People—UNM School of Engineering Faculty Involved in Aerospace

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Dr. Chaouki Abdallah, Professor and Chair, Electrical and Computer Engineering Department
Professor Abdallah's research includes reconfigurable systems and control. His recent projects include networked control systems as well as the control of distributed systems. He is also interested in mitigating delays in control and communication systems.

Dr. Christos Christodoulu, Professor, Electrical and Computer Engineering
His main research interests are smart antennas, machine learning applications in electromagnetics, reconfigurable antennas, and RF/Photonic antennas. The primary objective of his work for AFRL is to develop reconfigurable antennas and RF systems for cognitive radio systems that can work (in real-time) with other devices across multi-bands, multi-standards or multi-channels by learning and adapting to the RF environment.

Dr. Carolin Fruh, Postdoctoral Fellow/ NRC Associate
Her research addresses the difficulty of identifying space debris objects, by focusing on the following aspects of object identification: a) Image processing: Cosmic ray filtering, linking of object image candidates to observation tracklets, b) Catalogue correlation: Correlation of observations with external (TLE format) and internal catalogues, c) Astrodynamics and Orbit Determination: Precision of catalogue orbits, orbit determination and orbit propagation, and d) Light Curves: Analysis of Light curve measurements of space debris objects, simulation of artificial light curves.

Dr. Walter Gerstle, Professor, Civil Engineering
The next generation of space-based and ground-based optical telescopes demands unprecedented structural support precision of the optical elements. Of concern is the ability to adjust optical element positions as well as the relative deformation of optical elements due to temperature changes and moisture changes. Pultruded carbon fiber epoxy (CFE) materials offer excellent thermal stability at reasonable cost. Their coefficient of thermal expansion is on the order of 0x10-6 to -1x10-6 per degree C. It is important to have the capability of determining and “tuning” the in-situ member-level CTE (having units of length per degree of temperature change) to a high level of precision. The response of pultruded CFE members to moisture change is less clear. It has been reported that moisture absorption in epoxy causes it to expand.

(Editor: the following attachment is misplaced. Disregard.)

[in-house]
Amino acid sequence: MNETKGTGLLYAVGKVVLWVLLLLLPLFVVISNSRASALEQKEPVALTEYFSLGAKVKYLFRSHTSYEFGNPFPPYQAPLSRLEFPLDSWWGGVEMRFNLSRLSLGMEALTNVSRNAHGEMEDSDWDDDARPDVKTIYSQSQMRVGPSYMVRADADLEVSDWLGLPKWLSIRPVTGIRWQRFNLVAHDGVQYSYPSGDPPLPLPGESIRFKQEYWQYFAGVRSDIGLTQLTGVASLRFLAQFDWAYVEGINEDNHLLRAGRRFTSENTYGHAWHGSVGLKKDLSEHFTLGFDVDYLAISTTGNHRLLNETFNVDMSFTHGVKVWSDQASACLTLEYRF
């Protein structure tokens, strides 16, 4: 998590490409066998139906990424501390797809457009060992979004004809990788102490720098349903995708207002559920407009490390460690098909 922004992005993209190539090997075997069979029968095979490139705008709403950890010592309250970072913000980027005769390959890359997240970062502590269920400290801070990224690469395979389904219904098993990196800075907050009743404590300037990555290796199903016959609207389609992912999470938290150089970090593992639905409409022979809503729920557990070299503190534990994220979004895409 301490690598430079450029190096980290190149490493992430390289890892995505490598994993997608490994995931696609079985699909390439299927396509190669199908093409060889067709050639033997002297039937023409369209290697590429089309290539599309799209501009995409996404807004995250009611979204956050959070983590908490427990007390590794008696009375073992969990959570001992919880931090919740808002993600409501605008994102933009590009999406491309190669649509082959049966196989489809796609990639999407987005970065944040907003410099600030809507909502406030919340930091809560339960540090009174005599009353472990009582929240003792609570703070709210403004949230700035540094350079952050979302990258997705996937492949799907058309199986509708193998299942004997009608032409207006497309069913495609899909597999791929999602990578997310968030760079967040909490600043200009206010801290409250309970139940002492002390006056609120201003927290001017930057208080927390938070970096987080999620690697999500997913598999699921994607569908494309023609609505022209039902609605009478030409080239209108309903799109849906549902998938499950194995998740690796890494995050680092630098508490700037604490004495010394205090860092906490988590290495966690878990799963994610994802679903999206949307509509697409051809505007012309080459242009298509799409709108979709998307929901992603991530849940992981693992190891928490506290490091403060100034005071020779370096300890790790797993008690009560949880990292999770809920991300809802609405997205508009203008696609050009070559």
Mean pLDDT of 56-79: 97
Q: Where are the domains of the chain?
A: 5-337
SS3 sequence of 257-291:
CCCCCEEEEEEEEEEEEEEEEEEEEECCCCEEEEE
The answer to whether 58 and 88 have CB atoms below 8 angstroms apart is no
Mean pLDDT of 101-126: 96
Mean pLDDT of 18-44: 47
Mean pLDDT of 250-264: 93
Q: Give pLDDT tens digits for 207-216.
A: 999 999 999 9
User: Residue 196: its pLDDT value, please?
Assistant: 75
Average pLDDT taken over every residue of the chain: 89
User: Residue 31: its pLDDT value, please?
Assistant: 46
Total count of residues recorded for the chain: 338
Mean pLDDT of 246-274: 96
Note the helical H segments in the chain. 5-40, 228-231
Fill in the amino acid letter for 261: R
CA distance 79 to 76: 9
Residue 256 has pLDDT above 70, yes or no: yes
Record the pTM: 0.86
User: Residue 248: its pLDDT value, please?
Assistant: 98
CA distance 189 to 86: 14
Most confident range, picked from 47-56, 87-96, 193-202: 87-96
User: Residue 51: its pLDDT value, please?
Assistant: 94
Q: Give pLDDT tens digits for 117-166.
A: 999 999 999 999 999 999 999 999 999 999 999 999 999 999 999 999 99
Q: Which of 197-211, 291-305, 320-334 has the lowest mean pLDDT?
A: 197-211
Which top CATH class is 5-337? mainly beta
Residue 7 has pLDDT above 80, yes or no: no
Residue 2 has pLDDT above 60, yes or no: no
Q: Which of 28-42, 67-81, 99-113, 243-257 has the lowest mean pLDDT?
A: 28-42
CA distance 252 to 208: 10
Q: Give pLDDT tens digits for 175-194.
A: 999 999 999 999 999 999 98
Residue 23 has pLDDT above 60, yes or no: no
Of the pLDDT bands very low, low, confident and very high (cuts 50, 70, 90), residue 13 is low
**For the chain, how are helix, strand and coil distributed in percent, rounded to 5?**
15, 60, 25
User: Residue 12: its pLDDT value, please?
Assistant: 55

However, epoxy comprises only about 30% by volume of the CFE composite materials, and epoxy is at least an order of magnitude less stiff than carbon fiber. We are developing techniques to definitively measure and report the moisture expansion of pultruded CFE struts. Finally, we are investigating new methods for tuning in-situ struts to ensure their near-null-response to temperature and moisture changes.

Dr. Islam Hussein, Research Associate Professor, University of New Mexico
Dr. Islam Hussein received his PhD in Aerospace Engineering from the University of Michigan in Ann Arbor. Dr. Hussein is a National Academy of Sciences Senior Faculty Fellow with AFRL. He is the recipient of two ASEE Summer Faculty Fellowships in 2009 and 2010. His research interests are in the areas of hybrid estimation, situational awareness, and dynamical and control systems.

Dr. Sudharman K. Jayaweera, Professor, Electrical and Computer Engineering

Dr. Tariq Khraishi, Associate Professor, Mechanical Engineering